Johnny Depp made it a point to not break his sobriety during his breakup from longtime partner Vanessa Paradis, the actor tells Rolling Stone. Depp, 50, split from the French singer in June 2012 after 14 years and two children together. But he says he is no longer turning to booze to cope with trauma. "In terms of the breakup, I definitely wasn't going to rely on the drink to ease things or cushion the blow or cushion the situation 'cause that could have been fatal," he says, "I felt it was my duty to be real clear throughout that. I had something pretty serious to focus on, really, which was making sure that my kids were gonna be cool." Depp said that not drinking has allowed him to both handle his breakup more appropriately and also be a present father in the midst of the split. "The kids are the most complicated," he says, "you can't shield them, because then you'd be lying. So you can at least be honest with your kids, and you say the absolute truth to your child." Sobriety hasn't always been easy for the actor, who admitted to falling off the wagon while shooting The Rum Diary in 2011, despite making a pact with director Bruce Robinson to not drink during filming. "We lasted until it was about four in the morning, about 3,000% humidity and about 500 million degrees Fahrenheit and we saw this little corner 'bodega' store and I said, 'Bruce, I've got to do it'," Depp told The Sun. "We ran in, pounded three Coronas and that was the end of sobriety." He was later caught on video falling down drunk as onlookers shouted "Rum Diary! Rum Diary!"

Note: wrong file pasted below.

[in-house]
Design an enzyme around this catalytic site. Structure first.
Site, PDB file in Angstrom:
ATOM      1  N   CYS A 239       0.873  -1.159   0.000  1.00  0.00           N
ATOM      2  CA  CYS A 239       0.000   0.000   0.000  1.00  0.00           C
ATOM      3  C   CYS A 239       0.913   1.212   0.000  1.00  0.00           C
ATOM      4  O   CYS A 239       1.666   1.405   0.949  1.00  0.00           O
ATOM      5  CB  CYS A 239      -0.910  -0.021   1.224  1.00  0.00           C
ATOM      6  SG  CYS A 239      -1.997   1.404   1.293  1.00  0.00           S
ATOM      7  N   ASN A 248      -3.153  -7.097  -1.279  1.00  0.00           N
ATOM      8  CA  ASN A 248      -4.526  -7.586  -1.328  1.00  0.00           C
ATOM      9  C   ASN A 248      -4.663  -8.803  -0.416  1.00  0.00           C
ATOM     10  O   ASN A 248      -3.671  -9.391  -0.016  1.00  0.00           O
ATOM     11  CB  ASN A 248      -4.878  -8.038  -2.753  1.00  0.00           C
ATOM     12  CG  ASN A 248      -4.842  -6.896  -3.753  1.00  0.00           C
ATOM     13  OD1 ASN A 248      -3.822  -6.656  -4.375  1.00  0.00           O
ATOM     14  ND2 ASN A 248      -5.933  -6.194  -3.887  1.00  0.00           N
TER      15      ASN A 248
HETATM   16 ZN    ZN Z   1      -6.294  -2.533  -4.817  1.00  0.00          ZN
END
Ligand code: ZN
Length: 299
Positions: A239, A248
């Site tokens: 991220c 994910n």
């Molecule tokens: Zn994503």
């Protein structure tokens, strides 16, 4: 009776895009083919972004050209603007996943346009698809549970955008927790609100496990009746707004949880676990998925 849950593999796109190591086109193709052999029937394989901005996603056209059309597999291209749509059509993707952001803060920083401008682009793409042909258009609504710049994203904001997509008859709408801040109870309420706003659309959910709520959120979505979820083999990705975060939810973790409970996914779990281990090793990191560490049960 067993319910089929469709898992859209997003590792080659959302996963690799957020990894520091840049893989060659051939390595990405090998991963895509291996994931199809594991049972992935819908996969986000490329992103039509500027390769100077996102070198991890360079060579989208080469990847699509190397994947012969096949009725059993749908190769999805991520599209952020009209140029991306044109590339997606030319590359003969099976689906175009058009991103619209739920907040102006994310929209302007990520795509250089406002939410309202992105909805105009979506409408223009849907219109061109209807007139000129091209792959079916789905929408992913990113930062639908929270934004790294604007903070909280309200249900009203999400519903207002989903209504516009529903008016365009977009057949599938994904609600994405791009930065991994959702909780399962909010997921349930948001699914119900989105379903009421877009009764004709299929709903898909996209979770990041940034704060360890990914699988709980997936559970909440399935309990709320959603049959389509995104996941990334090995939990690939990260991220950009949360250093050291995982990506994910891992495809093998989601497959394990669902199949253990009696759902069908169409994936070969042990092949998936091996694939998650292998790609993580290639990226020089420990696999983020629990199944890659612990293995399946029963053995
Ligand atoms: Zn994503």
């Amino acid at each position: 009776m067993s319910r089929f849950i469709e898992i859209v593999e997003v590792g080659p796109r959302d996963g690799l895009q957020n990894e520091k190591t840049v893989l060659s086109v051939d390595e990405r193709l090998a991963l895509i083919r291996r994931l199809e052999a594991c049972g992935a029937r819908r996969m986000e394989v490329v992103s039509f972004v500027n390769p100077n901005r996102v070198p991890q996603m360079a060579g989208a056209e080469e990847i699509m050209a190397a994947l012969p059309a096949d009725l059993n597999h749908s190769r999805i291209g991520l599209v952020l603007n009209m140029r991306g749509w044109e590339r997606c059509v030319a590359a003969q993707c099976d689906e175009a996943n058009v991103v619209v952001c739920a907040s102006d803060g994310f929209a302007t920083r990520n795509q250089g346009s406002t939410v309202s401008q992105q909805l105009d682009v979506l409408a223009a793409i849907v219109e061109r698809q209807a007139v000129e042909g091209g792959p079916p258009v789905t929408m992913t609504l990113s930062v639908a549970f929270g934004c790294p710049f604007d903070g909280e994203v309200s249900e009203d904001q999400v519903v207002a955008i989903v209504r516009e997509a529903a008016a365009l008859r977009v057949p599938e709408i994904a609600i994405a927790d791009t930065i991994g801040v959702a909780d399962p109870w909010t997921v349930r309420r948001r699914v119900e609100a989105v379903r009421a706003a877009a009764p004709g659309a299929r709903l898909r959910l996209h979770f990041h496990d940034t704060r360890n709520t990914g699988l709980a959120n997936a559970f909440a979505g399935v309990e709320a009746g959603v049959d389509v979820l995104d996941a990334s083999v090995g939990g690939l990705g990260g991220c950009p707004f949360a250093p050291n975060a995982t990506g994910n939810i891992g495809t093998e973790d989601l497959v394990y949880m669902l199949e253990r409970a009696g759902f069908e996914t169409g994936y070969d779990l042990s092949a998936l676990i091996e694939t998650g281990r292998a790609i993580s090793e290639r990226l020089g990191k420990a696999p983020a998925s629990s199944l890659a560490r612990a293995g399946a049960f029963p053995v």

- Moderate Drinking During Pregnancy May Not Harm Baby's Neurodevelopment [CBS]
- Addiction Doesn't Discriminate, But Arrests Do [Phoenix House]
- US Adult Smoking Rate Drops to 18% [ABC]
- The Unlikely Force Driving Teen Prescription Drug Addiction: Parents? [Huffington Post]
- 2 Correction Officers Accused Of Smuggling Drugs Into Rikers Island [CBS New York]
- Ex-UFC Cage Fighter Jailed for 'Batman and Robin' Heroin Plot [Click]
- Miley Cyrus Talks Drugs and Alcohol [Rolling Stone]